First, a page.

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Senior Citizen's Guide to Baltimore

Geriatric Care After 60

As Americans, we feel very strongly about our homes. As we grow older, our overwhelming preference is to age “in place,” in our most familiar environment, surrounded by the people and things we love most. Our vision of successful aging is to remain active, healthy, engaged and independent throughout a long and satisfying life.

Home is a concept that provides comfort and peace of mind. It is the one place we know by heart: where the sofa is, how long it takes to toast a piece of bread, where we last left the remote control. So it only makes sense to apply the particulars of “home” to other areas of our lives – including the medical practice we choose.

As we age, we often find ourselves seeking out the care of doctors, nurse practitioners and other medical professionals more and more to both prevent major health crises and to manage those medical problems that inevitably arise. Traditionally, this has meant primary care from a family medicine or internal medicine physician group, with referrals to specialists who offer care for everything from heart disease to diabetes management and skin problems. This may lead to gaps in care from too many doctors, each of whom is responsible for only a piece of the patient’s medical history.

These gaps have led to calls for a return of sorts to the old days, with a modern twist. While the revered country doctor – the one who knows every detail of his patients’ medical histories, no matter how seemingly insignificant – is largely a thing of the past, there has been a new trend toward creating a “medical home” within modern medical practices.

The idea of creating “medical homes” in primary care practices has gained momentum recently through the debate over Health Care Reform. Thanks to discussion and examination of the idea, there is now a definition of the concept that is being applied as more and more practices convert to this new model of care:

In a medical home: 1) Each patient must have their own personal physician or nurse practitioner; 2) The medical home must provide comprehensive care that addresses the whole person and all medical issues that may arise; 3) The care must be coordinated and a part of the larger health system; 4) The care must be accessible, reliable, patient-centered and safe and offer treatments that are sound and proven; 5) The care must use current technology to assist the physician in decision-making and in his or her assessment and evaluation of the patient; and 6) Most importantly, it should be satisfying to both the patients and the physicians.

A patient should feel like a revered guest in the medical home, treated with all the hospitality and generosity he or she would find in visiting the home of a trusted friend. Care should be seamless and coordinated. It should be brought to the patient when he or she is unable to travel for care, as for those who live in a nursing home. And if, at some point, the wish to stay at home until the end becomes difficult to maintain, each personal “patient story” – the medical history and documents that outline living wills and decisions about who will make medical choices if the patient is unable – should follow the patient from home to the hospital, nursing home, assisted living facility or any other care facility.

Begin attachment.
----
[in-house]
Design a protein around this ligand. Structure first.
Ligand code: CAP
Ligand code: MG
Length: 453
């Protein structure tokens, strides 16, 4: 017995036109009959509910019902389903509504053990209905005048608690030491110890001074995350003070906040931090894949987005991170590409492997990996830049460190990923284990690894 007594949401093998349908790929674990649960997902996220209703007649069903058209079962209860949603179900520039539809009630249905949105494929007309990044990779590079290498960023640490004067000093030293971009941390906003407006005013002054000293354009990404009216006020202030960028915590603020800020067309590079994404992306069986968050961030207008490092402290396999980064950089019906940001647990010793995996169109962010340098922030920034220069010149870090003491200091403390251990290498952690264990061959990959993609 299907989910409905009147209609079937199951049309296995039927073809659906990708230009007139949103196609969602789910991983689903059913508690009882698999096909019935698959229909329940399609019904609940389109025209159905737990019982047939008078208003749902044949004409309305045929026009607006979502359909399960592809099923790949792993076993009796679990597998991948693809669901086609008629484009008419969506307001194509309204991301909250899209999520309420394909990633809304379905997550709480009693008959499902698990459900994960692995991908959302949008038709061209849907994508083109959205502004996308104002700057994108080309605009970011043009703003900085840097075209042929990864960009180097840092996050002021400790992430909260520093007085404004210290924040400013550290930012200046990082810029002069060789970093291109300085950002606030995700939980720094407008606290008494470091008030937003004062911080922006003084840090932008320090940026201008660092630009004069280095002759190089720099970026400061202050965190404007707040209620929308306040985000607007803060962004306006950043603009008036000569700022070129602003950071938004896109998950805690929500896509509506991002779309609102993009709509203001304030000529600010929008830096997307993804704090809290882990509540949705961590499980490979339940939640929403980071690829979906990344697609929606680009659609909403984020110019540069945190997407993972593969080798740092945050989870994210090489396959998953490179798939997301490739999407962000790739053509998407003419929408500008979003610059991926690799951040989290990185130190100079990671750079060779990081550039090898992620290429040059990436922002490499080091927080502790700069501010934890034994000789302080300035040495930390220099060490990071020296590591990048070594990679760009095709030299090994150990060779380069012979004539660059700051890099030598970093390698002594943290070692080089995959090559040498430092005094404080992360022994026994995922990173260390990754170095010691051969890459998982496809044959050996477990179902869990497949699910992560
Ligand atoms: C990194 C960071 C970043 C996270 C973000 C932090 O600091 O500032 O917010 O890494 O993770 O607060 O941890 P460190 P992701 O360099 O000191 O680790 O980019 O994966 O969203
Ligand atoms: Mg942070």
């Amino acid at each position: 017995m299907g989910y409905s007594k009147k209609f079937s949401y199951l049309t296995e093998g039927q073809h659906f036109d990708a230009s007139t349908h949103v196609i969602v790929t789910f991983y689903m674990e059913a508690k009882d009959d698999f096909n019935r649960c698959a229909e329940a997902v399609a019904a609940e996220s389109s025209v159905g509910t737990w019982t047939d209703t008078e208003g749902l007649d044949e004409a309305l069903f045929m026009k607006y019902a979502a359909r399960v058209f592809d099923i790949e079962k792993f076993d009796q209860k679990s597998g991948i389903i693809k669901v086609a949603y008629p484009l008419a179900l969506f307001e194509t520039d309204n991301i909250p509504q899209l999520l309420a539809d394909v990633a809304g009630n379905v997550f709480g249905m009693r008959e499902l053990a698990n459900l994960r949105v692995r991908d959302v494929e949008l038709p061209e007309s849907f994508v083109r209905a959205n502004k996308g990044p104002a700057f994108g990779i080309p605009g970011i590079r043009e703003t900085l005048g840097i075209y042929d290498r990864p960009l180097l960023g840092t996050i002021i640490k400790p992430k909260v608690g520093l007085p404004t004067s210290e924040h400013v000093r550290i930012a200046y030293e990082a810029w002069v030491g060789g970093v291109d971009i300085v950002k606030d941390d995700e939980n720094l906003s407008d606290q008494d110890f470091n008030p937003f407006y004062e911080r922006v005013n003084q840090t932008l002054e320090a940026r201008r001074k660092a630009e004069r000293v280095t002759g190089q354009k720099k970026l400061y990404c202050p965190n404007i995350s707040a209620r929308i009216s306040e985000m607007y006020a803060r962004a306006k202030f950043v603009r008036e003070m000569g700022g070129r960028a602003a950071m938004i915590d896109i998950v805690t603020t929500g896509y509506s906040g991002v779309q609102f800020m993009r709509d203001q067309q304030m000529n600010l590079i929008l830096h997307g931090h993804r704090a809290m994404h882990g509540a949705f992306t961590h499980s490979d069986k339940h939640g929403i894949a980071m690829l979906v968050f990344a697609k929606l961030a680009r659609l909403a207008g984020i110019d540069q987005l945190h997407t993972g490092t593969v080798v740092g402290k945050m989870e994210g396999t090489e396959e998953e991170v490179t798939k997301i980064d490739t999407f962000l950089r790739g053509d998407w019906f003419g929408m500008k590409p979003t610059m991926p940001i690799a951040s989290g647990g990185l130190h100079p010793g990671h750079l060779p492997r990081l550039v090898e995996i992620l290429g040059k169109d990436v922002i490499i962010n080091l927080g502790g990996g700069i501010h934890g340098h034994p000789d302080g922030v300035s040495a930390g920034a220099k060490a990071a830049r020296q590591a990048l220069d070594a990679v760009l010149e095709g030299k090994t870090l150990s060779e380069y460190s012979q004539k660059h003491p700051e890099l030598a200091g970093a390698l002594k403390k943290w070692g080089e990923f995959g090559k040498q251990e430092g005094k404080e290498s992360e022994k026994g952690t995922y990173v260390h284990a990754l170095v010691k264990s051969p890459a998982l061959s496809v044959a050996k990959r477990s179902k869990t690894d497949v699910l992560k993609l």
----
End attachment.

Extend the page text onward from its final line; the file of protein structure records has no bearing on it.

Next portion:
In today’s health care environment, physicians and nurse practitioners are often called “providers” and patients are called “consumers” of health care. Author Arthur Frank, in his book “The Renewal of Generosity,” suggests that, in the era of the medical home, health care providers should think of themselves rather as “hosts,” welcoming those in need of care as “guests” into their medical homes.

This may sound like an idealized vision for medical care, but it can, and hopefully will, become a reality. A successful medical home will ensure that no patient will figuratively fall through the cracks, that all medicines that are prescribed are safe when taken together, and that all of a patient’s wants and needs are known, recognized and acknowledged. It also ensures that the patient remains, first and foremost, a person, and not the number on his or her medical chart.

For older adults, the essence of successful health care reform is the comfort of knowing that our medical care will be technically expert, coordinated and attentive. Older adults can judge the success of health care reform by whether the door of the medical home is open when needed and whether they are greeted there as honored guests

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